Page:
Long live tradition

Record Editorial

  • Friday, October 3, 2008 2:40am
  • Opinion

Last week, the apparent end of an era happened in Snoqualmie. The last lunch noon whistle screamed from atop the old fire hall in Snoqualmie. Unfortunately, indications are that it will never likely scream again.

As Snoqualmie grows, one thing city planners, staff and council have always tried to do is maintain some semblance of what this town was before the growth. Quirky characteristics are important in distinguishing a town, such as Snoqualmie, from other nearby communities. The noon whistle is one of those cherished, quirky characteristics that make Snoqualmie unique.

I remember the whistle as a kid, signaling it was time for lunch, as well when volunteers needed to come to the station when there was a fire. I counted on it before its last day to remind me to look up from my desk and head to the gym for a workout or to go to lunch. Its not uncommon to find a tourist walking down the street startled as the noon whistle blares. They commonly ask what it means, to which I reply, “Lunch time.” They tend to follow that with a comment like, “That’s cool” or, “That’s neat.”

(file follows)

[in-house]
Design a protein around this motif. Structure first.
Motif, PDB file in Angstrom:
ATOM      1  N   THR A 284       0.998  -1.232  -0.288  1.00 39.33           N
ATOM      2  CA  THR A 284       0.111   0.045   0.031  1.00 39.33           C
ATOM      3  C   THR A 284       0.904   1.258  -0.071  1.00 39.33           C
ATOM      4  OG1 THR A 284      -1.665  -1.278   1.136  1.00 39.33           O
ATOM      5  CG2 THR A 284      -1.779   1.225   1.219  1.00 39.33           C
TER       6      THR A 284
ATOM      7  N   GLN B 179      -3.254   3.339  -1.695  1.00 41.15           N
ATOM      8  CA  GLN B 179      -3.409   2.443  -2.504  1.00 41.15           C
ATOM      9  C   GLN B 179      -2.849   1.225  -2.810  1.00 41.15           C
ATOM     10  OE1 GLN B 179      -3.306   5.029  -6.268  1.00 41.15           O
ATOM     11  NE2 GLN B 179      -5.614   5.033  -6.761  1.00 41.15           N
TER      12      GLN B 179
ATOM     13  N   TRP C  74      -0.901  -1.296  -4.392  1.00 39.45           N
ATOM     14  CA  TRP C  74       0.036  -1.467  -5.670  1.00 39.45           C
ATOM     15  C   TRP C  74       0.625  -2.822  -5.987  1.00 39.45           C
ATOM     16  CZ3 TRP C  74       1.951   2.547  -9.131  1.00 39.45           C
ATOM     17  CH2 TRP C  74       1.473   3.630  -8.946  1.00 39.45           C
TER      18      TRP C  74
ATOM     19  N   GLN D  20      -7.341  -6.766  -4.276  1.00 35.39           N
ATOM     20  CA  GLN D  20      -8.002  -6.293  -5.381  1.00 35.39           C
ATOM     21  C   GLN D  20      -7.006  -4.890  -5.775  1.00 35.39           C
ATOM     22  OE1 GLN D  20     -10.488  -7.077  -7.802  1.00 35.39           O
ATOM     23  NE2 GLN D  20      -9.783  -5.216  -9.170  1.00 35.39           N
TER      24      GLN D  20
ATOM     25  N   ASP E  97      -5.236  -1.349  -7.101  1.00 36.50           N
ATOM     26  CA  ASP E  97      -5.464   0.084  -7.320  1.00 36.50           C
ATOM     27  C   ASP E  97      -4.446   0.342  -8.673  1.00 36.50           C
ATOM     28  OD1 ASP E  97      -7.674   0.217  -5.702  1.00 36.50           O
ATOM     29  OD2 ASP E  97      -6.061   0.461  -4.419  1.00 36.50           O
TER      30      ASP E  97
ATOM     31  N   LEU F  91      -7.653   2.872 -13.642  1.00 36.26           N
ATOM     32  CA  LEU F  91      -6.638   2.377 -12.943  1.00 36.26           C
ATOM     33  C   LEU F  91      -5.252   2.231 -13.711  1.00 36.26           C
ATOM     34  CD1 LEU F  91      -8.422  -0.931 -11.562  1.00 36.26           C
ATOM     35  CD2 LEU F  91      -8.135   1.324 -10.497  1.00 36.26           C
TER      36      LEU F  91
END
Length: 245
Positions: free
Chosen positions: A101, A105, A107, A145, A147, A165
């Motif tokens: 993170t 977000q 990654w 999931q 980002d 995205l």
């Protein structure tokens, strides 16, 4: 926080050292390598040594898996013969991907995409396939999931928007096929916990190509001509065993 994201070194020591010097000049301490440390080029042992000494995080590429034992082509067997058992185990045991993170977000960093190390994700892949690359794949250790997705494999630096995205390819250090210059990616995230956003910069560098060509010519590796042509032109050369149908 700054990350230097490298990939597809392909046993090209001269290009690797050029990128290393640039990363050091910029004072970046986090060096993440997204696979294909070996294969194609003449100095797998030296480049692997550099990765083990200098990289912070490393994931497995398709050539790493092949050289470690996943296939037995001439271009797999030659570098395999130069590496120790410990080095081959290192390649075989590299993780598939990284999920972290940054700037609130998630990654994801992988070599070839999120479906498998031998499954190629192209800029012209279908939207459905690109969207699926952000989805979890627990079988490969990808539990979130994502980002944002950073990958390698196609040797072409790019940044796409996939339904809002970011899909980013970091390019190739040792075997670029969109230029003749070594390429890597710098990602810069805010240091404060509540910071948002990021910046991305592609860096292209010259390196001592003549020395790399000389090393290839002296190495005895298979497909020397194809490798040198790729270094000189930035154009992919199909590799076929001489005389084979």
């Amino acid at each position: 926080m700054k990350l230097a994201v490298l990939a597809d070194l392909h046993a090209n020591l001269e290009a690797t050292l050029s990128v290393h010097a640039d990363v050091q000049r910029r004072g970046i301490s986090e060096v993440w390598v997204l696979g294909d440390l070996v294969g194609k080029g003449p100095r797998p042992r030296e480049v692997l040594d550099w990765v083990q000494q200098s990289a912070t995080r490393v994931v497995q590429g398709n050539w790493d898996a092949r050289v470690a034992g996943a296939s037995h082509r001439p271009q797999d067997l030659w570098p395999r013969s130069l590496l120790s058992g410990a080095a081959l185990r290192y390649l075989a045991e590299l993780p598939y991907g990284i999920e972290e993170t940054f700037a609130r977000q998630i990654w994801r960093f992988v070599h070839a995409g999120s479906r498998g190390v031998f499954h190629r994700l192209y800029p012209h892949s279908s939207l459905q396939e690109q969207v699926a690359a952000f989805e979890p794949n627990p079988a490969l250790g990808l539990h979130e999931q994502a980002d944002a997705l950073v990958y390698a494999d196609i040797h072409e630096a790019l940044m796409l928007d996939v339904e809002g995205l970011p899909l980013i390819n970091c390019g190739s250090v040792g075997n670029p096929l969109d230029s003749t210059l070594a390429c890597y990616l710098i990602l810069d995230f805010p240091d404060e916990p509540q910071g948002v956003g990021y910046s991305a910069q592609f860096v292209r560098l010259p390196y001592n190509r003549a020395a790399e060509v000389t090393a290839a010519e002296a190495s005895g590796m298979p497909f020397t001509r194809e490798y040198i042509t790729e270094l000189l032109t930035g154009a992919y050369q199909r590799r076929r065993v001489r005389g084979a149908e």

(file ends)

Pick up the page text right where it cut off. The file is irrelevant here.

As we grow, it will become even more important to maintain our quirkiness. Sure, we can be stale and sterile like some other Eastside communities, but let’s cast our desire to conform to some conceived standard and maintain the whistle.

So, I urge all residents who think the whistle adds character to Snoqualmie to let their City Council members, city staff and the mayor know we want it revived on top of the new city hall.

The whistle uses 220V with a mechanical clock and could easily be wired into a new station. Or maybe there is another location or business willing to take it on and mount it to their rooftop. Whatever the case, I would hope the council and mayor have enough desire to maintain this unique characteristic to find a new home for it. It’s not time to retire the whistle.

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